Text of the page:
Commonplace Book: Christmas Shopping for the NSA

Check out this amazing article in The Intercept about the military espionage equipment now being used domestically–in specific dragnet style devices that spoof cell phone towers and hoover up data from mobile phones, whether it belongs to a “person of interest” or just John or Jane Q. Public. Probable cause seems to = having a cell phone!

 

From the piece:

ANY OF THE DEVICES in the catalogue, including the Stingrays and dirt boxes, are cell-site simulators, which operate by mimicking the towers of major telecom companies like Verizon, AT&T, and T-Mobile. When someone’s phone connects to the spoofed network, it transmits a unique identification code and, through the characteristics of its radio signals when they reach the receiver, information about the phone’s location. There are also indications that cell-site simulators may be able to monitor calls and text messages.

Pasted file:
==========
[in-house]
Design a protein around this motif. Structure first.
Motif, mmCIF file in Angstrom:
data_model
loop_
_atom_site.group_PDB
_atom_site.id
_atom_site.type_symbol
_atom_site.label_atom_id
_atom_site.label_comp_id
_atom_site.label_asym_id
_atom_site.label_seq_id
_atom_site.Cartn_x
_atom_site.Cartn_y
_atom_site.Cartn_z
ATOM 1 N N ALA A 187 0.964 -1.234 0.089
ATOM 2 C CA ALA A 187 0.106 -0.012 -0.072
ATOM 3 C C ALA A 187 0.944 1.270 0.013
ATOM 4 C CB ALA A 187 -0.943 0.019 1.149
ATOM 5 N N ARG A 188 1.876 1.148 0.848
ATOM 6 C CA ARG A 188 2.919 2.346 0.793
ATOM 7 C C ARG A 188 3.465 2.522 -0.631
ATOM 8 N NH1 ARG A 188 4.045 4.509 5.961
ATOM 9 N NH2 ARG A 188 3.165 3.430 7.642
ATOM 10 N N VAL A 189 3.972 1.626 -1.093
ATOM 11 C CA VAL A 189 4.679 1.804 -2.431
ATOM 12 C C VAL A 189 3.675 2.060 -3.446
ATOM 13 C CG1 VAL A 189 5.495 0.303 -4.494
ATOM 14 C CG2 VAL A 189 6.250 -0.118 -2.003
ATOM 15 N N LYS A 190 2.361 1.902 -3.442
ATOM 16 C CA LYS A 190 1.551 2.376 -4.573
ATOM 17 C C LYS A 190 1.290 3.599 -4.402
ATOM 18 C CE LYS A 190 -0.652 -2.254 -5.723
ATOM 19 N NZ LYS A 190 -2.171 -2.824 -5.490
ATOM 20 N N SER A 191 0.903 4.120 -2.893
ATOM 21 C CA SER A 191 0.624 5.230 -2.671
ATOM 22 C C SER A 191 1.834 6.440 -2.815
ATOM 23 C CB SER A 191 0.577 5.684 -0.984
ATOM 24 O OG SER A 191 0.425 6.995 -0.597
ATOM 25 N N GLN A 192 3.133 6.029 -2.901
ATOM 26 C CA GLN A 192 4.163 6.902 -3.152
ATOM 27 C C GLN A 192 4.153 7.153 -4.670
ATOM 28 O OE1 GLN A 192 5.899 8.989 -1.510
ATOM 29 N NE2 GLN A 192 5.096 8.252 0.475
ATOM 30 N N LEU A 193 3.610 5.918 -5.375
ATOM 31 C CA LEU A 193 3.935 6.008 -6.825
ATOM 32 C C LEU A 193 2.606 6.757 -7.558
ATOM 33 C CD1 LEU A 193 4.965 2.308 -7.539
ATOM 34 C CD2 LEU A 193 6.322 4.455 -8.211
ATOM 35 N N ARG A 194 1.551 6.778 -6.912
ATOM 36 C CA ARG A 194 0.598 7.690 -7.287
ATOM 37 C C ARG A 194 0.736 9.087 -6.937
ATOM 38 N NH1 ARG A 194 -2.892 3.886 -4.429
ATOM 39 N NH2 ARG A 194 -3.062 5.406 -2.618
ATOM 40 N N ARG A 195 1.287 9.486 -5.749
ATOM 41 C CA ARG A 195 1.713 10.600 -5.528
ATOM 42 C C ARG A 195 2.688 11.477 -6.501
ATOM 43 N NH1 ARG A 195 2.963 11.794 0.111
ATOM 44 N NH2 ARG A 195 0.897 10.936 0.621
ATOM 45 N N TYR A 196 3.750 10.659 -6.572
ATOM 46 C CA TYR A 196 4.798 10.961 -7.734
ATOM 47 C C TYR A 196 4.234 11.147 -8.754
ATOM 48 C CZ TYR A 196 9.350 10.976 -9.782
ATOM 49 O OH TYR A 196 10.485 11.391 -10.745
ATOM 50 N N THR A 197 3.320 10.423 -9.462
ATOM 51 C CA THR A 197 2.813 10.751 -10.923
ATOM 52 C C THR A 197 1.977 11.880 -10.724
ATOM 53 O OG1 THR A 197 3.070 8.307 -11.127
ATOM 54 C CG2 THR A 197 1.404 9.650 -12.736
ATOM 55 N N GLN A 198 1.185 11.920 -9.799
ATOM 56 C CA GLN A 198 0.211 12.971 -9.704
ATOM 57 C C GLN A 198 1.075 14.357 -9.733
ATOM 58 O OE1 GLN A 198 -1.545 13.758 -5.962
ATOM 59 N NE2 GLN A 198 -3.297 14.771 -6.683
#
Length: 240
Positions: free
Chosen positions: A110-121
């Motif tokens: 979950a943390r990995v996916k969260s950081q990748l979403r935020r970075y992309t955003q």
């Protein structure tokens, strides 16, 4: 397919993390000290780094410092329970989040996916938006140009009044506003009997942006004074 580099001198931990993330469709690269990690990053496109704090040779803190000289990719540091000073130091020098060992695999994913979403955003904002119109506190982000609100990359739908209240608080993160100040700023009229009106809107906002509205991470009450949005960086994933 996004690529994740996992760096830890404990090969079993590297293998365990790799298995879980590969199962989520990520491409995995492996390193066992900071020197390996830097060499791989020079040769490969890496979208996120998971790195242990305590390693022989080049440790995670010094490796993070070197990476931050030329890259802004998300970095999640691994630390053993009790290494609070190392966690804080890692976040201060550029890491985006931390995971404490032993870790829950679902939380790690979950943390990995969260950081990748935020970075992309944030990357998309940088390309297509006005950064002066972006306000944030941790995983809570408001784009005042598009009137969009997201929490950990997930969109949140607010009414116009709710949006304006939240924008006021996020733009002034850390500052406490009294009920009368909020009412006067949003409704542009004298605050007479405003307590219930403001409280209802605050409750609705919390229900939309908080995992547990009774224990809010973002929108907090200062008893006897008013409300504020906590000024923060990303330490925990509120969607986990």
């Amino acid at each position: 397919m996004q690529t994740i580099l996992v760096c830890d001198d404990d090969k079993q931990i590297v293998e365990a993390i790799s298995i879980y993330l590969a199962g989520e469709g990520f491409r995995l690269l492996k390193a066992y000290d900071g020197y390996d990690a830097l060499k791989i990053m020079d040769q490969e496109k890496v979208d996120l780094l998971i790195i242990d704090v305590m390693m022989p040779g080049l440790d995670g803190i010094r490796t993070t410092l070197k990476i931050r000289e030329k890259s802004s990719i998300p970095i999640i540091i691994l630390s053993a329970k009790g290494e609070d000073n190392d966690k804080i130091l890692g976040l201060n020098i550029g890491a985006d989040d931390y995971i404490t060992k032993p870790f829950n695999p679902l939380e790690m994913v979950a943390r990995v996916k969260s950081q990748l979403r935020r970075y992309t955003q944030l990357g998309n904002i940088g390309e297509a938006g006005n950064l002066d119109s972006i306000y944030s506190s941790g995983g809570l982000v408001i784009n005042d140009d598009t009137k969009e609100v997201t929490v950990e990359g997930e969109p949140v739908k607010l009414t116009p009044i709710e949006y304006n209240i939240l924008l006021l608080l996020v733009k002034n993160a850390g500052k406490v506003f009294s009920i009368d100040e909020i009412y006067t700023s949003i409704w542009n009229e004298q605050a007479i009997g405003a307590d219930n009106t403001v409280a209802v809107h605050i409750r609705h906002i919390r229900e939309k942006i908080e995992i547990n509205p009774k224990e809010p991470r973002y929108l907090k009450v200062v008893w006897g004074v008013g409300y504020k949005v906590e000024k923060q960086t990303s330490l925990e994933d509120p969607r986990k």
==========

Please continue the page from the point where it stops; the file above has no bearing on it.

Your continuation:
In the catalogue, each device is listed with guidelines about how its use must be approved; the answer is usually via the “Ground Force Commander” or under one of two titles in the U.S. code governing military and intelligence operations, including covert action.
But domestically the devices have been used in a way that violates the constitutional rights of citizens, including the Fourth Amendment prohibition on illegal search and seizure, critics like Lynch say.

The Secret Surveillance Catalogue

People should start talking more about this and who is “watching the watchers.”  I’m glad The Intercept is.

Advertisements